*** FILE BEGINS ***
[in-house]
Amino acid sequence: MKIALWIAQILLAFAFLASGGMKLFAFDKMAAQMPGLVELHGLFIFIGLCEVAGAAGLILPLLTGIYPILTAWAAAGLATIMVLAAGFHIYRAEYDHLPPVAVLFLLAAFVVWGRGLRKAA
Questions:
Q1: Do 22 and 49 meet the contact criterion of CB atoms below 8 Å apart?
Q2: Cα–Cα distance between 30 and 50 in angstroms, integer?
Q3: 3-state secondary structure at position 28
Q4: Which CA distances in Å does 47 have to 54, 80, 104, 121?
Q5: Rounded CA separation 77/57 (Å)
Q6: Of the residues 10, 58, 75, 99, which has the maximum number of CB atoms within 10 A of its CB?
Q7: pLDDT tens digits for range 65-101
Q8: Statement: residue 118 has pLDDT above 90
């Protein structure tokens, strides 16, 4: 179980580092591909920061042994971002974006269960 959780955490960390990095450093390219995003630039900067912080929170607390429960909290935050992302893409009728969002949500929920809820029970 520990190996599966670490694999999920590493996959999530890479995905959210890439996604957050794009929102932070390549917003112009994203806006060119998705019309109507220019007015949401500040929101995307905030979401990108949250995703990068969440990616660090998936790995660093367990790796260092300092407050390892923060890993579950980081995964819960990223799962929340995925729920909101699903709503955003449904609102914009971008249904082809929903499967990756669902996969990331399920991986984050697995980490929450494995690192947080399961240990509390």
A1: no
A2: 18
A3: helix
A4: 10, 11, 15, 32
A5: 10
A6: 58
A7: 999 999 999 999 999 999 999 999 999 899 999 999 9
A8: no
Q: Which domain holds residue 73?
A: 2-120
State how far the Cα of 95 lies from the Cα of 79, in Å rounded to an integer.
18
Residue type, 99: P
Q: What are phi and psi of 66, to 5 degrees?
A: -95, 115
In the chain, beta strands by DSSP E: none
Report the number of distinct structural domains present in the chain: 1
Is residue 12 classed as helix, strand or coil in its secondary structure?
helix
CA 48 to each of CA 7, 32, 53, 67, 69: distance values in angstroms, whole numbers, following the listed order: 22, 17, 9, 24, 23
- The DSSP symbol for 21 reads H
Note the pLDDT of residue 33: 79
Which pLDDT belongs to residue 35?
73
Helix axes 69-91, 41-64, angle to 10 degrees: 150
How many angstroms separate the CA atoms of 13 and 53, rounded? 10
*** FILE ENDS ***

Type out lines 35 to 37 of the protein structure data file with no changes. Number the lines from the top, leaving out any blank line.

Which pLDDT belongs to residue 35?
73
Helix axes 69-91, 41-64, angle to 10 degrees: 150